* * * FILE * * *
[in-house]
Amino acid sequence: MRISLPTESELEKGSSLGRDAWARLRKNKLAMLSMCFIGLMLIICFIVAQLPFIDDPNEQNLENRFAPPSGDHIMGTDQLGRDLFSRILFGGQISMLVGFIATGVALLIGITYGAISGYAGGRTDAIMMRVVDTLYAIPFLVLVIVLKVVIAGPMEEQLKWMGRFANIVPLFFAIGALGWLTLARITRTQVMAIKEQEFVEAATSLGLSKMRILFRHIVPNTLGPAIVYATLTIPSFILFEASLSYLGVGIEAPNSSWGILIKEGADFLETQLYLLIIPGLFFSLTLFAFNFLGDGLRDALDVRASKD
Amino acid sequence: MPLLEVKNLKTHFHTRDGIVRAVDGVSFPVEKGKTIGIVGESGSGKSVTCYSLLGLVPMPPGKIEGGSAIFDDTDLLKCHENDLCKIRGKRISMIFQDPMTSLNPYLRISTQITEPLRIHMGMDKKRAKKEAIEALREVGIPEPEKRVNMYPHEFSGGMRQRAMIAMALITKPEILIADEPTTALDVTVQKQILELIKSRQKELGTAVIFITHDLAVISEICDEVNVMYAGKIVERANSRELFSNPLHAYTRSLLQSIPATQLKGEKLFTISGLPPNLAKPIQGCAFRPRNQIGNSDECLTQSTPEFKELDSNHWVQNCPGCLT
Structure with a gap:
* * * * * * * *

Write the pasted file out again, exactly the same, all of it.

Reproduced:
[in-house]
Amino acid sequence: MRISLPTESELEKGSSLGRDAWARLRKNKLAMLSMCFIGLMLIICFIVAQLPFIDDPNEQNLENRFAPPSGDHIMGTDQLGRDLFSRILFGGQISMLVGFIATGVALLIGITYGAISGYAGGRTDAIMMRVVDTLYAIPFLVLVIVLKVVIAGPMEEQLKWMGRFANIVPLFFAIGALGWLTLARITRTQVMAIKEQEFVEAATSLGLSKMRILFRHIVPNTLGPAIVYATLTIPSFILFEASLSYLGVGIEAPNSSWGILIKEGADFLETQLYLLIIPGLFFSLTLFAFNFLGDGLRDALDVRASKD
Amino acid sequence: MPLLEVKNLKTHFHTRDGIVRAVDGVSFPVEKGKTIGIVGESGSGKSVTCYSLLGLVPMPPGKIEGGSAIFDDTDLLKCHENDLCKIRGKRISMIFQDPMTSLNPYLRISTQITEPLRIHMGMDKKRAKKEAIEALREVGIPEPEKRVNMYPHEFSGGMRQRAMIAMALITKPEILIADEPTTALDVTVQKQILELIKSRQKELGTAVIFITHDLAVISEICDEVNVMYAGKIVERANSRELFSNPLHAYTRSLLQSIPATQLKGEKLFTISGLPPNLAKPIQGCAFRPRNQIGNSDECLTQSTPEFKELDSNHWVQNCPGCLT
Structure with a gap: